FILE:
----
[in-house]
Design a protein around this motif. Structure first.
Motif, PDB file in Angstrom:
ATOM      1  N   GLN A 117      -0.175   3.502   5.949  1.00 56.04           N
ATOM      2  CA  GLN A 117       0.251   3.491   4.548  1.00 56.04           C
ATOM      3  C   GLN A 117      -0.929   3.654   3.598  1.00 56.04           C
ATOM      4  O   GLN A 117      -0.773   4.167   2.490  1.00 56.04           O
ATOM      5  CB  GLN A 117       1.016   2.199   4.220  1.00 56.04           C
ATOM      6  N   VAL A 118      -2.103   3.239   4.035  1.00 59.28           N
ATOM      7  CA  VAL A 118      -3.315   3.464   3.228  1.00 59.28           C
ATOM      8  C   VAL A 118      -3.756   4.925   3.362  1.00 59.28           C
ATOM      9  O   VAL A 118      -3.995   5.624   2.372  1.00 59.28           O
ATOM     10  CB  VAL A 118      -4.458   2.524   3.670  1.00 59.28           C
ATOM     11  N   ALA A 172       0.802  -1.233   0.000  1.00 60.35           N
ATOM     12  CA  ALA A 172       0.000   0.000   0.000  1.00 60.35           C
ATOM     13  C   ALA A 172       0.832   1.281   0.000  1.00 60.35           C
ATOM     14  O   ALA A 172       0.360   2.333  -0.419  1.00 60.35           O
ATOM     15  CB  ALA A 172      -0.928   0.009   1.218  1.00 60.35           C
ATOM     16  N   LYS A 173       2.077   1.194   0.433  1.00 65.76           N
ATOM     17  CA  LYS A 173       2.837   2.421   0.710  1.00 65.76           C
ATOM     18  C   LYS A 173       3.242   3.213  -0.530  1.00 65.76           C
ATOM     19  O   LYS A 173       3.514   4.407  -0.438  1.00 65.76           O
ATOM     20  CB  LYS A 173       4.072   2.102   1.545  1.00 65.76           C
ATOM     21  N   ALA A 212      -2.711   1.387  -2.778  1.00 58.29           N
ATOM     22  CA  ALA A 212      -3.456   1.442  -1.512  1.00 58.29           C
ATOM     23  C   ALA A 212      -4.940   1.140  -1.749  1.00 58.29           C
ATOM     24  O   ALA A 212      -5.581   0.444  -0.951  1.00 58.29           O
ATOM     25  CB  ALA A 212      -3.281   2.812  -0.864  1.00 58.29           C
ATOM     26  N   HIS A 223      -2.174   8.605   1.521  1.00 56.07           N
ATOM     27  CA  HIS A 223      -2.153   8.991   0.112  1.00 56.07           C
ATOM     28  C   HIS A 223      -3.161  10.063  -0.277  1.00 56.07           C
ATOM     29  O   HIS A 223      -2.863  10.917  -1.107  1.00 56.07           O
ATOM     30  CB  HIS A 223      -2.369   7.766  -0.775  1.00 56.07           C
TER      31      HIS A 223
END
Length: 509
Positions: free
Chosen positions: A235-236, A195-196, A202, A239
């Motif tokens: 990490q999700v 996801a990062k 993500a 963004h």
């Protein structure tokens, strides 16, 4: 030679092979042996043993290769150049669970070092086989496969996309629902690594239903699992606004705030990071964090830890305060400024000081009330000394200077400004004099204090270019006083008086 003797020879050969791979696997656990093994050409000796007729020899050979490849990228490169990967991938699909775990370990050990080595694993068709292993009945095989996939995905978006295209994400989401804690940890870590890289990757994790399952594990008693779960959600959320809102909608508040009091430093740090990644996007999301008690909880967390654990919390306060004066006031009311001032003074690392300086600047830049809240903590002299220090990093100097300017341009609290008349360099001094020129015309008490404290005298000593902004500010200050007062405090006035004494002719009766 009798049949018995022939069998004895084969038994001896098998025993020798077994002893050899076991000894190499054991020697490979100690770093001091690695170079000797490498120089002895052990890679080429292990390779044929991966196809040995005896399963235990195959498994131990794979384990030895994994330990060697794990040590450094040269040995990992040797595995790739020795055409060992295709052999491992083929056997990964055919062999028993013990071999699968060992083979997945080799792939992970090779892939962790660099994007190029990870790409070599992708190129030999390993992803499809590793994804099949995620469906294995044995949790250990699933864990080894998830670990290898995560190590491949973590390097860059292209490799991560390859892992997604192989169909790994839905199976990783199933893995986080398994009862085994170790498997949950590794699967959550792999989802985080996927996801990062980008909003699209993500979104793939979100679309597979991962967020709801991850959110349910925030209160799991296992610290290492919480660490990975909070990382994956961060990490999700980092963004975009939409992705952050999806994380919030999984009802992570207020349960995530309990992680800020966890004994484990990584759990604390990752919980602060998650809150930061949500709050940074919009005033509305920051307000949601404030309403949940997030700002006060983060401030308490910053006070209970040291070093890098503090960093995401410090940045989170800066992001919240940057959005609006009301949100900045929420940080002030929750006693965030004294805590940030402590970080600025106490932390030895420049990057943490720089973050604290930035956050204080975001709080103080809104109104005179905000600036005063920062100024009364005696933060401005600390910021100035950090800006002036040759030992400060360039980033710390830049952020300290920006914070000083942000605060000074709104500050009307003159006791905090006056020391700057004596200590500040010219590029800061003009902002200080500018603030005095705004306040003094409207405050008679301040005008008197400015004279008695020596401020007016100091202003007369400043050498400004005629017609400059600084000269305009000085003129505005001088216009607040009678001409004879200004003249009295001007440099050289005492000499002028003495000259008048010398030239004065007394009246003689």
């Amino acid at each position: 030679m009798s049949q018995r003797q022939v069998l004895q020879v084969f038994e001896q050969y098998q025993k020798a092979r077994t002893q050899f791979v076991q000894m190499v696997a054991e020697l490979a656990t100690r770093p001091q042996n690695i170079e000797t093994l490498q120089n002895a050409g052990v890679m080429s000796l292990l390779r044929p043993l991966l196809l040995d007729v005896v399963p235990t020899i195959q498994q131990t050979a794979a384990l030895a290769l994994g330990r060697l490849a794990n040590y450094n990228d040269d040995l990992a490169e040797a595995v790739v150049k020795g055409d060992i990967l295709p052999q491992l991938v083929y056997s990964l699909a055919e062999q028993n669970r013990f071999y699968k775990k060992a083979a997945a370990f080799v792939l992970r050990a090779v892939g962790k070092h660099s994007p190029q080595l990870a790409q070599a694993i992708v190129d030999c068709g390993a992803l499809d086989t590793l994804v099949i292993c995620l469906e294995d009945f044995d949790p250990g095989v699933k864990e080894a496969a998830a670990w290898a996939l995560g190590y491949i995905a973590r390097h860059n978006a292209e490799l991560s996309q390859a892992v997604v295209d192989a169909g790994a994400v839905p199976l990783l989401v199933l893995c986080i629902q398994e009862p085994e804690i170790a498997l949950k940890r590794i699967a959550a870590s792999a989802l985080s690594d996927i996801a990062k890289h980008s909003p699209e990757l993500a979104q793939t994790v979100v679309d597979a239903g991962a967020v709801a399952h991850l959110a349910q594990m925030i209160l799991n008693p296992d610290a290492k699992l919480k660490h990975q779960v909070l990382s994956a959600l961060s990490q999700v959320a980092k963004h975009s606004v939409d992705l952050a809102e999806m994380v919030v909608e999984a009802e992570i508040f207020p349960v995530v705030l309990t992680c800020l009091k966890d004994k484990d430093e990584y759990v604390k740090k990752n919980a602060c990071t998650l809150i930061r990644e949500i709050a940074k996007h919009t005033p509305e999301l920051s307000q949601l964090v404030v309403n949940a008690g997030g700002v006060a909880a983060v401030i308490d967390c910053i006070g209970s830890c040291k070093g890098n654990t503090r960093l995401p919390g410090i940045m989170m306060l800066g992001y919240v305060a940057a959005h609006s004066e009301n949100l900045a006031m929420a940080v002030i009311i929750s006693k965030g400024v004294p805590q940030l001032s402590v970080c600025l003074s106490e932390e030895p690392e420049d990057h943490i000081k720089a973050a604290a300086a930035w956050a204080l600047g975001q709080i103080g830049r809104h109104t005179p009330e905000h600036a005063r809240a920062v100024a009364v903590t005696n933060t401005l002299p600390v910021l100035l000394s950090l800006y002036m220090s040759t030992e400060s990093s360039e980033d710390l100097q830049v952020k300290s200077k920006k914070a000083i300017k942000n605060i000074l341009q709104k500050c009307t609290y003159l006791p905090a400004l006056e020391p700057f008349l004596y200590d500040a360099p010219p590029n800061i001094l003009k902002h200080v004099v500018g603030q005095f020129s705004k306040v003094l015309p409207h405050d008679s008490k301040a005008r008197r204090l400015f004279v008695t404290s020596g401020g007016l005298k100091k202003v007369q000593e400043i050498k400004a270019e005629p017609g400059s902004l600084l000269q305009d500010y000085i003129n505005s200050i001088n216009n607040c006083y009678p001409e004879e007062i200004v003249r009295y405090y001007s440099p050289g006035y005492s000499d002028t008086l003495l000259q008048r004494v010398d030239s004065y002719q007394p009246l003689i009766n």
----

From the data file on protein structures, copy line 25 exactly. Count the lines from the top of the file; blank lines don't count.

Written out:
ATOM     22  CA  ALA A 212      -3.456   1.442  -1.512  1.00 58.29           C